Tuesday, April 06, 2010

Change! Democrats Plan to Run Against Bush This Fall

The same, old tired playbook to be unveiled this fall. They've got nothing to run on themselves so they figure they can play the Bush card again.

Weak. Very weak.
House Democrats plan to revive the political ghost of former President George W. Bush in their bid to retain the majority this fall, according to Rep. Chris Van Hollen (D-Md.), the head of the party’s re-election efforts.

Van Hollen, chairman of the Democratic Congressional Campaign Committee, on Tuesday signaled House Democrats will try to repeat their success in the last two election cycles by once again running under a change banner.
Well, if their signature legislation of healthcare is so popular, why not run on that?
“This time we will make the case that supporting a Republican is simply turning back the clock to Bush economic policies, the same policies that got us into this mess to begin with,” he told reporters gathered at the downtown offices of Third Way, a centrist Democratic think thank. Republicans, Van Hollen added, “will I think put themselves clearly in the position where they represent the status quo and that the Democrats, while we have the White House and both houses of Congress, remain the party of change and reform.”

Van Hollen waved off comparisons to the 1994 midterm elections, when insurgent Republicans channeled popular dissatisfaction with Democratic control to knock off 54 Democrats and win back the House. But Van Hollen argued that in 1994 — unlike now — the GOP presented itself as a viable alternative; Democrats were caught flat-footed; and President Bill Clinton’s support was sagging.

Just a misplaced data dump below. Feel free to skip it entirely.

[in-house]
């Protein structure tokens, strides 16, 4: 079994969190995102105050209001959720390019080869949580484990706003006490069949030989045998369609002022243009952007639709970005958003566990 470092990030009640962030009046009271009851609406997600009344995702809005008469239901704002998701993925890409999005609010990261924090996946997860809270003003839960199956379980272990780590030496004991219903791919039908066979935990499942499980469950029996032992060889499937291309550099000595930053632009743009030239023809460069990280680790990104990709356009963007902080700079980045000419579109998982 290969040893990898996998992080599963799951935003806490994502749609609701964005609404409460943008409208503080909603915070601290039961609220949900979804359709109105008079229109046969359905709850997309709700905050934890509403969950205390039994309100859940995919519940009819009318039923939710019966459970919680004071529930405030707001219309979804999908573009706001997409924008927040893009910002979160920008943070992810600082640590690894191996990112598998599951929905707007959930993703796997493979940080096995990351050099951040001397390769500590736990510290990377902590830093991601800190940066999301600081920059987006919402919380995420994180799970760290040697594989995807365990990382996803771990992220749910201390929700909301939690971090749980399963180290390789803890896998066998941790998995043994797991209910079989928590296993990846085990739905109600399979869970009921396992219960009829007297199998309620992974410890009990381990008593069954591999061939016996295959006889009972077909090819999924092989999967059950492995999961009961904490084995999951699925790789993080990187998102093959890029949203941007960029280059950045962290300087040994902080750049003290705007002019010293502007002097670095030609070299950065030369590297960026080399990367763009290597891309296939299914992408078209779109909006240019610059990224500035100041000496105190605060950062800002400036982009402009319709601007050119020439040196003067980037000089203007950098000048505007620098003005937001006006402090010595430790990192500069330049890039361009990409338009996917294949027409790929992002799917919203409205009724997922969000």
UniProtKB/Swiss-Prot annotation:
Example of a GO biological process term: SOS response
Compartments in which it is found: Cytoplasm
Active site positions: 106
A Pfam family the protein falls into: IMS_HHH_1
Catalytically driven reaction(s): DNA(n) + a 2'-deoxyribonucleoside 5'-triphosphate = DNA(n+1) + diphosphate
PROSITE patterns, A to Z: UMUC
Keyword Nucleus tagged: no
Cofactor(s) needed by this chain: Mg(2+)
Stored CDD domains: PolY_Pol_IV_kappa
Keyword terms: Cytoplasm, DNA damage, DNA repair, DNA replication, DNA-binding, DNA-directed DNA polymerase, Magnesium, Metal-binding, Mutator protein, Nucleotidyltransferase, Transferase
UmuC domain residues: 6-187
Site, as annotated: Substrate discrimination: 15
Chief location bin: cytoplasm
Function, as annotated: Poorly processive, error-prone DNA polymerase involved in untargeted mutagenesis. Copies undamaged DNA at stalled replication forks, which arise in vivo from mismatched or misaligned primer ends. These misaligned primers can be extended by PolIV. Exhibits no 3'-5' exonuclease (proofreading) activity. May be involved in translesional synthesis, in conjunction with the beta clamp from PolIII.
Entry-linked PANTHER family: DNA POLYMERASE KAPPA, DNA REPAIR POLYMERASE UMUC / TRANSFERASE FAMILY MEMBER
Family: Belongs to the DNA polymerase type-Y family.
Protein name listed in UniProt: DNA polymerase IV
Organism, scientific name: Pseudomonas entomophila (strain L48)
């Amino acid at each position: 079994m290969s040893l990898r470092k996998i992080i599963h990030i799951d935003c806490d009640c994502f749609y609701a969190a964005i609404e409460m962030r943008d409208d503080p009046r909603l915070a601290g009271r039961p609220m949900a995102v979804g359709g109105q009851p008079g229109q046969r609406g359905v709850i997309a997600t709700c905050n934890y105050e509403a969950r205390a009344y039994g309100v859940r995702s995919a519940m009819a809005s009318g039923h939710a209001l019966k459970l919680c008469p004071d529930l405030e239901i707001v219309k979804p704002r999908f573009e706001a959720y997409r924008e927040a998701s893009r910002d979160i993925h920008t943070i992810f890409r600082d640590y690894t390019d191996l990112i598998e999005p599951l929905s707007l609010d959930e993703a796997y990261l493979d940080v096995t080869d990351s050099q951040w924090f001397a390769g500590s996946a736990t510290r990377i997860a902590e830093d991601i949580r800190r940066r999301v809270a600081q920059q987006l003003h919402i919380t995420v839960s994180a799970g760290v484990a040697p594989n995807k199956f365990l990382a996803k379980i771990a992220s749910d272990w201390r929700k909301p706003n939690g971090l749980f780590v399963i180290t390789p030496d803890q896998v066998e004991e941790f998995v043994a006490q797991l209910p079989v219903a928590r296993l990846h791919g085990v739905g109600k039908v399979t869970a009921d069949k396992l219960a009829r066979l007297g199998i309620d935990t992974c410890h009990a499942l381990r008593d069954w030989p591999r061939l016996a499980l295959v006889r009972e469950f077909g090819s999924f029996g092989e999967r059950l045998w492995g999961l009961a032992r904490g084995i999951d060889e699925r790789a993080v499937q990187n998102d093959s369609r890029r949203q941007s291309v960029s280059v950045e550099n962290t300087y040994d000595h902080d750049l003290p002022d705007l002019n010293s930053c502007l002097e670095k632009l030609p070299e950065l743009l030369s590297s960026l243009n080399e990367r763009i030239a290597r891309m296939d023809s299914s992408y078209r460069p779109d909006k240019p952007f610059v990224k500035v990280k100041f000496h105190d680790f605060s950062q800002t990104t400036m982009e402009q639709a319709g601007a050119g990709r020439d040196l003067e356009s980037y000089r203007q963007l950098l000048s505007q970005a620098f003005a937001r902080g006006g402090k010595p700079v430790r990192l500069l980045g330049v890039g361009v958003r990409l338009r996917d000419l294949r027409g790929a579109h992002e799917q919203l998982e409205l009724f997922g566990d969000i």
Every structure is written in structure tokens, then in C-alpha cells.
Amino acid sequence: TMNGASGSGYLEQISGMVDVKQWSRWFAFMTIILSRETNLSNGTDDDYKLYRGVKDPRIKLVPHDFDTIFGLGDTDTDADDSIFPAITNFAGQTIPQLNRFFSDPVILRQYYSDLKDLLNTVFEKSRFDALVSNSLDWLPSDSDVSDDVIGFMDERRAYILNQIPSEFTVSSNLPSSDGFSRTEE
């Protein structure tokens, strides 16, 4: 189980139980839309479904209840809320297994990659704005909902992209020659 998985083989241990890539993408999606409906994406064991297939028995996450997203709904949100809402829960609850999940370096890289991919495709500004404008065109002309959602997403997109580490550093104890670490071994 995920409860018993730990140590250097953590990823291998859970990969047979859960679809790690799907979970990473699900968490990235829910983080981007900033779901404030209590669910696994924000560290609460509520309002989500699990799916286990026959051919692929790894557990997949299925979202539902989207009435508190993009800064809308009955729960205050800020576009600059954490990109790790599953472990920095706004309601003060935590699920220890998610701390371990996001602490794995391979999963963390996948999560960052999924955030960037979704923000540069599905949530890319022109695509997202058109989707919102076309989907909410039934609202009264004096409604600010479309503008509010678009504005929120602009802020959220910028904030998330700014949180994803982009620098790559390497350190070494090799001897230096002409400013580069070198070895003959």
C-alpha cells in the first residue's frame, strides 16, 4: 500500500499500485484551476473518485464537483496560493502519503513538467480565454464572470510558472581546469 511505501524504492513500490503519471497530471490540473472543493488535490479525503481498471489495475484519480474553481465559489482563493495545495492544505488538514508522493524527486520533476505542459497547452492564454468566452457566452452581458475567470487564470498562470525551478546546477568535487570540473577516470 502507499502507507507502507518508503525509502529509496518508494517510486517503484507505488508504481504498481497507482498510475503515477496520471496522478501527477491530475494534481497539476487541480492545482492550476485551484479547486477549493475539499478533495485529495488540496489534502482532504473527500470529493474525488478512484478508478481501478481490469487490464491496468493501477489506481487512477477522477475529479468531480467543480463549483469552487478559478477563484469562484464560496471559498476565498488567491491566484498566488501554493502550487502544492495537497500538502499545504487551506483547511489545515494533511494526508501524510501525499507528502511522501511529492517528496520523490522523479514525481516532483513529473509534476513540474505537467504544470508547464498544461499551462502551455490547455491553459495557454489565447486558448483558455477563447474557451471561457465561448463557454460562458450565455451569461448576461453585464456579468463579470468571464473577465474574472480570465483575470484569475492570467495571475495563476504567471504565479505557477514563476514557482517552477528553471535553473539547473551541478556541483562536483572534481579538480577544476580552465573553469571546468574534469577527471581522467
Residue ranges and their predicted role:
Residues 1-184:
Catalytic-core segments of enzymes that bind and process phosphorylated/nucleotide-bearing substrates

And while Van Hollen declined to predict how many seats Democrats will lose in November, he stated flatly they will maintain control of the chamber. “Our Republican colleagues are prematurely measuring the curtains in their new offices and prematurely popping the champagne bottles, because we’re going to make sure this is not 1994 all over again,” he said.
Sure, it won't be 1994 all over again.

It'll be 1946.
Recent polls tell me that the Democratic Party is in the worst shape I have seen during my 50 years of following politics closely. So I thought it would be interesting to look back at the biggest Republican victory of the last 80 years, the off-year election of 1946. Republicans in that election gained 13 seats in the Senate and emerged with a 51–45 majority there, the largest majority that they enjoyed between 1930 and 1980. And they gained 55 seats in the House, giving them a 246–188 majority in that body, the largest majority they have held since 1930. The popular vote for the House was 53% Republican and 44% Democratic, a bigger margin than Republicans have won ever since. And that’s even more impressive when you consider that in 1946 Republicans did not seriously contest most seats in the South. In the 11 states that had been part of the Confederacy, Democrats won 103 of 105 seats and Republicans won only 2 seats in east Tennessee. In the 37 non-Confederate states, in contrast, Republicans won 246 of 330 seats, compared to only 85 for Democrats.

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